Monday, July 24, 2017

Amiri Baraka Lecture: at the Charles H. Wright Museum (2013)





Amiri Baraka is the author of over 40 books of essays, poems, drama, and music history and criticism. He is a poet icon and revolutionary political activist who has recited poetry and lectured on cultural and political issues extensively in the United States, the Caribbean, Africa and Europe. With influences on his work ranging from musical orishas such as Ornette Coleman, John Coltrane, Thelonius Monk and Sun Ra to the Cuban Revolution, Malcolm X and world revolutionary movements, Baraka is renowned as the founder of the Black Arts Movement in Harlem in the 1960s that became, though short-lived, the virtual blueprint for a new American theater aesthetics. The movement and his published and performance work, such as the signature study on African-American music, Blues People (1963) and the play Dutchman (1963) practically seeded "the cultural corollary to black nationalism" of that revolutionary American milieu.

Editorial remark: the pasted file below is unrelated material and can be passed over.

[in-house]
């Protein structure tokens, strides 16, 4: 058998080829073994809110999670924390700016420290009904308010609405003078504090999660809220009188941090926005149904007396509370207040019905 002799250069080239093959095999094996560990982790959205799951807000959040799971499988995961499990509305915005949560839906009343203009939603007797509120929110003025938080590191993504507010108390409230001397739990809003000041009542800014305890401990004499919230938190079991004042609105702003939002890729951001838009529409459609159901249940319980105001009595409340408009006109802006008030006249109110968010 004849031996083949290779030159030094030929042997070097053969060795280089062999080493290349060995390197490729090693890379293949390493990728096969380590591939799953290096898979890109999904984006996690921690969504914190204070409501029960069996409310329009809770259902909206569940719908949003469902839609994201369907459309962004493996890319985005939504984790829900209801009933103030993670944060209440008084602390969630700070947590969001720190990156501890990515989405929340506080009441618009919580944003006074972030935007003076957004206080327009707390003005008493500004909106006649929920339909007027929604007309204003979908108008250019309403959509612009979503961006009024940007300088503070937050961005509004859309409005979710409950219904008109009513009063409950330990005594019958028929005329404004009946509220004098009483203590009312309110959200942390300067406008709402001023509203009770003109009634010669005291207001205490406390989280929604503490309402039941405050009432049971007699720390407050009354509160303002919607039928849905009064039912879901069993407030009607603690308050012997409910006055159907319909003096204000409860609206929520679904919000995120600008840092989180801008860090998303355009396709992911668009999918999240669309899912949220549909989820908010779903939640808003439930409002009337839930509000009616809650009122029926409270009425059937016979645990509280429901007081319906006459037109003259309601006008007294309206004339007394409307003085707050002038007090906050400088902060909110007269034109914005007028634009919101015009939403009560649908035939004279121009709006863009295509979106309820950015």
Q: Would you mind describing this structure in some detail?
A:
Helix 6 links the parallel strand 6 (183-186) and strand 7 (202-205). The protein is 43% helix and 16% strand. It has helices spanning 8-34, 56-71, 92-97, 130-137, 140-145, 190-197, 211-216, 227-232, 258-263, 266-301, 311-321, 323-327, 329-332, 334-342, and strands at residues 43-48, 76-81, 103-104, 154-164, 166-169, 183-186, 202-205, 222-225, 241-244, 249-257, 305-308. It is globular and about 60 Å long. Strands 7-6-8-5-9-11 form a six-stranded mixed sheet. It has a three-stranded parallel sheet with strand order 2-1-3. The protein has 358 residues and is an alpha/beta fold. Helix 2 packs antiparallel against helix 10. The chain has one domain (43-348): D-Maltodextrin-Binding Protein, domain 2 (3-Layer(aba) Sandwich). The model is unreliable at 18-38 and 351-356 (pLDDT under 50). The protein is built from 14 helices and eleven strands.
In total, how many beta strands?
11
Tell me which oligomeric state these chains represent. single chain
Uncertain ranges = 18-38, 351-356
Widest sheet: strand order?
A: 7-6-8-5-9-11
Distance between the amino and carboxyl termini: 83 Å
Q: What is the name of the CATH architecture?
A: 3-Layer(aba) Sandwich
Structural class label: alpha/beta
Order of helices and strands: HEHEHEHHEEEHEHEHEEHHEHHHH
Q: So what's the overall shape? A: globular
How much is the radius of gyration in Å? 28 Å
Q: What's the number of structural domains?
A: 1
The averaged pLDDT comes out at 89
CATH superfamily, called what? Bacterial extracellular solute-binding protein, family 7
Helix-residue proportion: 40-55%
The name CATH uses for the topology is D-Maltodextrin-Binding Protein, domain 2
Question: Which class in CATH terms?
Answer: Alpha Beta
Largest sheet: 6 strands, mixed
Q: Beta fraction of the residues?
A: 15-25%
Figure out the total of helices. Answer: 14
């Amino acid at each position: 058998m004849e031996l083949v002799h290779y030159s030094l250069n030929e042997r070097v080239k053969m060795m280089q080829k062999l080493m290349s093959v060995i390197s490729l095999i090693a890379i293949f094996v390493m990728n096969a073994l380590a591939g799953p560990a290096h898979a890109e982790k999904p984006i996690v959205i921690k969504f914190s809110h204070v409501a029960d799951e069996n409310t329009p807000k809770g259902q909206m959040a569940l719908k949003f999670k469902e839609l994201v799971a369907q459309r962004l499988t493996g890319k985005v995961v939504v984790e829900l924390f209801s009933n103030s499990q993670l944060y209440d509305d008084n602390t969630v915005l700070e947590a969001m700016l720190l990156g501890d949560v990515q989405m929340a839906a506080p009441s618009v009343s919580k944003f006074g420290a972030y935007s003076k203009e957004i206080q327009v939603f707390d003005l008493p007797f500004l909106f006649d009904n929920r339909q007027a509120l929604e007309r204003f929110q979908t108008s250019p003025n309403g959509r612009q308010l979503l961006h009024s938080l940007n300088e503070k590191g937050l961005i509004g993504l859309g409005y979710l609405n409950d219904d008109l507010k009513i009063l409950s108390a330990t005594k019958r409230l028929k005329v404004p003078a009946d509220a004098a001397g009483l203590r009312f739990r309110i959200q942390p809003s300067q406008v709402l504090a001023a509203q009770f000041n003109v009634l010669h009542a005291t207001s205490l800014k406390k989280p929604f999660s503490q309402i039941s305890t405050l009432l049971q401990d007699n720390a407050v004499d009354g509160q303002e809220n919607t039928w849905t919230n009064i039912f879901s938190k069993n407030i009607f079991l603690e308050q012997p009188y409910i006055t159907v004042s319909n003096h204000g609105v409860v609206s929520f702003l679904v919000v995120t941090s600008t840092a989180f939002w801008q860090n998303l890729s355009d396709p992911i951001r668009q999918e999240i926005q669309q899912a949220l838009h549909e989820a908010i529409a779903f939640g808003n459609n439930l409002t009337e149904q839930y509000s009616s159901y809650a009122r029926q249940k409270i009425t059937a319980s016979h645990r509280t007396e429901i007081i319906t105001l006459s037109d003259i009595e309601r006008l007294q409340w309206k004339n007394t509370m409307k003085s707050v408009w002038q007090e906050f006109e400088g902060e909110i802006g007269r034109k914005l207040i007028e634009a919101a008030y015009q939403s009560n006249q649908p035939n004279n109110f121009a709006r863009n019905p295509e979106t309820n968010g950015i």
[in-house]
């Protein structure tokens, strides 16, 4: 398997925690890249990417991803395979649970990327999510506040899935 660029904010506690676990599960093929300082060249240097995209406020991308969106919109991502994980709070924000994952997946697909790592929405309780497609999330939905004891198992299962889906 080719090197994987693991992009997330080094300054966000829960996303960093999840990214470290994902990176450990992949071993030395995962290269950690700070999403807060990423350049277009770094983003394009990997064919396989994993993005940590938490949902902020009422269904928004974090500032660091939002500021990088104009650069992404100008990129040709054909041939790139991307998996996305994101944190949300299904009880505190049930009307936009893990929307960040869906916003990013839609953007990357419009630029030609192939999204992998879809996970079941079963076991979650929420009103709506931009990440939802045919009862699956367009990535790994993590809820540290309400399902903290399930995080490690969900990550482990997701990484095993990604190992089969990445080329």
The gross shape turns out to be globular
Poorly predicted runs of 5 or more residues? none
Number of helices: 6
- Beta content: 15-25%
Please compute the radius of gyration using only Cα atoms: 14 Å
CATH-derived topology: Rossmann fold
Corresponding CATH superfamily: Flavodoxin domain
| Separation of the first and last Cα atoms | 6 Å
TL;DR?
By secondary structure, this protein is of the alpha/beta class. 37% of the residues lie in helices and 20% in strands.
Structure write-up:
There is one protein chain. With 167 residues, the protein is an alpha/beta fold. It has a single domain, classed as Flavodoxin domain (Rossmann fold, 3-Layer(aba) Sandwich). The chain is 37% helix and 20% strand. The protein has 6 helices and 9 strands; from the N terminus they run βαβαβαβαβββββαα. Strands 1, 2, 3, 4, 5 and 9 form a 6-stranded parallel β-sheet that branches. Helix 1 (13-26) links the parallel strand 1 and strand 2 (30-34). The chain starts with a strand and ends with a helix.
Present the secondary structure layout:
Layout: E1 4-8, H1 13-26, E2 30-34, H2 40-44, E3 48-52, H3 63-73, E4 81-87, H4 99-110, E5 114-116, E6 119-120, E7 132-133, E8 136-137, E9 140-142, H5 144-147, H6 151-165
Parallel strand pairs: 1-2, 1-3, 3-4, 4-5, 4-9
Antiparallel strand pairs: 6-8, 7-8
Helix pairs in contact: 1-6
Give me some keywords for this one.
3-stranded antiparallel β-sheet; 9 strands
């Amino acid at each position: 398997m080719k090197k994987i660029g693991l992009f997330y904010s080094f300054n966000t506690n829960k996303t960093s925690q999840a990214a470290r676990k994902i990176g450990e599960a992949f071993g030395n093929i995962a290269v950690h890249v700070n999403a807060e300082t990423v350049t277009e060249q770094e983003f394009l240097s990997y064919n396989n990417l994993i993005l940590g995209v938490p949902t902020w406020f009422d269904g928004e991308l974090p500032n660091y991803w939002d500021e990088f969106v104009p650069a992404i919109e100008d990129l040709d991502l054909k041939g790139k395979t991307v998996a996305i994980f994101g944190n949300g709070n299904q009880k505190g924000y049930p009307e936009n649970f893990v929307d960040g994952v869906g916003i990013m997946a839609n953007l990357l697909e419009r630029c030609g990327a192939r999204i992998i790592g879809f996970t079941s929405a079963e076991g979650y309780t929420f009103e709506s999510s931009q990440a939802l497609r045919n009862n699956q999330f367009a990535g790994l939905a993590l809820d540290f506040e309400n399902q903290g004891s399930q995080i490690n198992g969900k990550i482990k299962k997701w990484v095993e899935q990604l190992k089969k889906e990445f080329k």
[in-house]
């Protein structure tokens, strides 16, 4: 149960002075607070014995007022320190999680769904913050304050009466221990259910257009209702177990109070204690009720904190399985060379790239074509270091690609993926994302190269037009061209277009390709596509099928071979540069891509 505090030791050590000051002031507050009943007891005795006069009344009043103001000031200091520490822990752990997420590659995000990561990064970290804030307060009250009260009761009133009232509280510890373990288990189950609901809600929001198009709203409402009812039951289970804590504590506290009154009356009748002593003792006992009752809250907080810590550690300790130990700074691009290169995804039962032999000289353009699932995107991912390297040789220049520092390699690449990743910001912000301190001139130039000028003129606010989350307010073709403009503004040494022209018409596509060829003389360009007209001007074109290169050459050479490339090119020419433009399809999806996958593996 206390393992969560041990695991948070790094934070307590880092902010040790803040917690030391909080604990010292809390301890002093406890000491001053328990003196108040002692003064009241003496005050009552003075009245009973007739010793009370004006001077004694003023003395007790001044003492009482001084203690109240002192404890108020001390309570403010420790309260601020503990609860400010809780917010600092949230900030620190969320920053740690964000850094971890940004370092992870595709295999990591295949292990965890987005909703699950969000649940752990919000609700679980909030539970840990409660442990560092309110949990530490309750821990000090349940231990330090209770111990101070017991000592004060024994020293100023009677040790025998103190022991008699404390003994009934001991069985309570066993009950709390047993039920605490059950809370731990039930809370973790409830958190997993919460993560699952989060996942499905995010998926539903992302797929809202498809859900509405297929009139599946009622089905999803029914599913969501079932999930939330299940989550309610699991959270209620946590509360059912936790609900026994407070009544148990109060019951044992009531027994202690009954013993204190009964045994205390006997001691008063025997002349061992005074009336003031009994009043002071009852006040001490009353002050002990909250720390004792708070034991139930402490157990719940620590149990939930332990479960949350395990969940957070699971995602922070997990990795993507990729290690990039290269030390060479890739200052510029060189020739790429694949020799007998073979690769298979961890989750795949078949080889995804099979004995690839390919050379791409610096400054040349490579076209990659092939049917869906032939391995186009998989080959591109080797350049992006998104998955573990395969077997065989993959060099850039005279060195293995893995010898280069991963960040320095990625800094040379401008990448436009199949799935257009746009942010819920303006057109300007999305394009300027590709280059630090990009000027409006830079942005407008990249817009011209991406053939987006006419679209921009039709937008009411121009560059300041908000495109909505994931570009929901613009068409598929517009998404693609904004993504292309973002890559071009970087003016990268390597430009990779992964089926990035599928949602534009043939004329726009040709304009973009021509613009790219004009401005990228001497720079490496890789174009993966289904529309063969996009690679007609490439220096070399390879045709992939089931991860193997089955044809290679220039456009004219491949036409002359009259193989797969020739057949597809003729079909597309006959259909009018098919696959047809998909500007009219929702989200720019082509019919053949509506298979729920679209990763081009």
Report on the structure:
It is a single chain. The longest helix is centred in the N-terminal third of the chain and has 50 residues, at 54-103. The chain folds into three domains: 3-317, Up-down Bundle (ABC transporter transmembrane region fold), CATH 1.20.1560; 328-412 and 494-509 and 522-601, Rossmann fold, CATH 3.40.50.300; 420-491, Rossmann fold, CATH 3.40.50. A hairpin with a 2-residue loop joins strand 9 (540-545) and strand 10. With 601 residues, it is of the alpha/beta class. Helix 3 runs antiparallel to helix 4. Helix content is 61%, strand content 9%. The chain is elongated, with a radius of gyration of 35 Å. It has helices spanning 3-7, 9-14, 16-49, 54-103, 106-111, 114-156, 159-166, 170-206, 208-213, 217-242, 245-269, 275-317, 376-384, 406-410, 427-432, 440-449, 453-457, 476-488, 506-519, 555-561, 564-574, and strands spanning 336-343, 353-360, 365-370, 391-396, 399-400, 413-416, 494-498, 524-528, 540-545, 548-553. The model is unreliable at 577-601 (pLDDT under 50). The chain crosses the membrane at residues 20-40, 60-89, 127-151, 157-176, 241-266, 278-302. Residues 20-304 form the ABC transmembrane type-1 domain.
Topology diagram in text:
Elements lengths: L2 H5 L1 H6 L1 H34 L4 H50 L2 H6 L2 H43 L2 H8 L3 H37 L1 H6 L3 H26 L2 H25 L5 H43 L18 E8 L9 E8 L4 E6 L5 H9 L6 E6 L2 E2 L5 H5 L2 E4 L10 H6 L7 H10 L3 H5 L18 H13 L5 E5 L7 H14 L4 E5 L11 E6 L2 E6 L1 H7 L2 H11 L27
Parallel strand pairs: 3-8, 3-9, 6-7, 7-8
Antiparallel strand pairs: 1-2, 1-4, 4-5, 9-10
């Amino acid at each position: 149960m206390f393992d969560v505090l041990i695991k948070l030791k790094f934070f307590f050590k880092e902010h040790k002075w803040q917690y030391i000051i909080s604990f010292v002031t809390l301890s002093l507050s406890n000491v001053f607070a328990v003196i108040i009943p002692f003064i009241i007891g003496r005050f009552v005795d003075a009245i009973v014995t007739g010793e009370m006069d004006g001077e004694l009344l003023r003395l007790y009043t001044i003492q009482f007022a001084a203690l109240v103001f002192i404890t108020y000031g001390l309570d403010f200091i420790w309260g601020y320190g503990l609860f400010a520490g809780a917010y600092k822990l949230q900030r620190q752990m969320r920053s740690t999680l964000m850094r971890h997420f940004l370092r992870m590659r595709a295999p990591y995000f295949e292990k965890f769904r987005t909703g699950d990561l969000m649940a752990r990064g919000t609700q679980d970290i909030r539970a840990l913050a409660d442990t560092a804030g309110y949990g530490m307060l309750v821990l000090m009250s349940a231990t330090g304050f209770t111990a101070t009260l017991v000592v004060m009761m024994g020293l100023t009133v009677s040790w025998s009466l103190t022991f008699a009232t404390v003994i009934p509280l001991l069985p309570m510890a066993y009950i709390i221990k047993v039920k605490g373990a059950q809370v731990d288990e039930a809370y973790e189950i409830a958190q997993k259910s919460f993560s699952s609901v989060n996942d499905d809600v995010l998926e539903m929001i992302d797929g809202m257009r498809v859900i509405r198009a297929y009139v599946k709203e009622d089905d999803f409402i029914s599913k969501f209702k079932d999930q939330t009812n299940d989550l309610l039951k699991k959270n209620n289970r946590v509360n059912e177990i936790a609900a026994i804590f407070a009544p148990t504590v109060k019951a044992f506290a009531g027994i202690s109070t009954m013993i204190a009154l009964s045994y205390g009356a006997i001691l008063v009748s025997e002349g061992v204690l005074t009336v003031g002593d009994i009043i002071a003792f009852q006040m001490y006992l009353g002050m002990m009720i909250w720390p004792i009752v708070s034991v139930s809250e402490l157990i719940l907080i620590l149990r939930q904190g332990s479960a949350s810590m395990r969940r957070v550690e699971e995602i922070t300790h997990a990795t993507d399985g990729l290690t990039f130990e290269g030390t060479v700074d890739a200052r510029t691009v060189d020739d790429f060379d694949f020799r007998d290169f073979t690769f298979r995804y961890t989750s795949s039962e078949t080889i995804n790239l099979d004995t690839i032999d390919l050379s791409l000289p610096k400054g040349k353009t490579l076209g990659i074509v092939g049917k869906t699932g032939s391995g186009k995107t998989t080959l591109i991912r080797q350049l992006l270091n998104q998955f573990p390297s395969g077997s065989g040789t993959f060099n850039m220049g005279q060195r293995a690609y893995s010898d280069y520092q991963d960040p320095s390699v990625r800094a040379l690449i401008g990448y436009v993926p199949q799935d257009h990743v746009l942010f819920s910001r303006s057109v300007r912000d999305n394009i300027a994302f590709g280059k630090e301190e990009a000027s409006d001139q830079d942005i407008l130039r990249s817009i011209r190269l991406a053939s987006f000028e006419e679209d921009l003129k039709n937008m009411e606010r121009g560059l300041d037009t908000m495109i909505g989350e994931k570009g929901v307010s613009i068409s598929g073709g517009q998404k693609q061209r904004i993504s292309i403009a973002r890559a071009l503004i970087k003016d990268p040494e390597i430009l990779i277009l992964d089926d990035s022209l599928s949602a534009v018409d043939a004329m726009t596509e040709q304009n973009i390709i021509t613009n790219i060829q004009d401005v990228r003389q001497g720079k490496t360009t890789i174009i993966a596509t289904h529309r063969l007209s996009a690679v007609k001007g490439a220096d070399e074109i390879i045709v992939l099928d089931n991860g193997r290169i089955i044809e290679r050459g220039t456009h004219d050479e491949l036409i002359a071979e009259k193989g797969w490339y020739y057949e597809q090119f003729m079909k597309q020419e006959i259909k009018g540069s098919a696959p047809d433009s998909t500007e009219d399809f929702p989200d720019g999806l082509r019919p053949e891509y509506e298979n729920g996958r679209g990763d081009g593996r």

Other titles range from Selected Poetry of Amiri Baraka/LeRoi Jones (1979) to The Music (1987), a fascinating collection of poems and monographs on Jazz and Blues authored by Baraka and his wife and poet Amina. The Essence of Reparations (2003) is Baraka's first published collection of essays in book form, radically exploring the interrelated issues of racism, national oppression, colonialism, neo-colonialism, self-determination and national and human liberation. He has taught at Yale, Columbia, and the State University of New York at Stony Brook. His awards and honors include an Obie, the American Academy of Arts & Letters award, the James Weldon Johnson Medal for contributions to the arts, Rockefeller Foundation and National Endowment for the Arts grants, Professor Emeritus at the State university of New York at Stony Brook and the Poet Laureate of New Jersey.
Museum of Contemporary Art Detroit - MOCAD 
FATTENING BLOGS FOR SNAKES 2017

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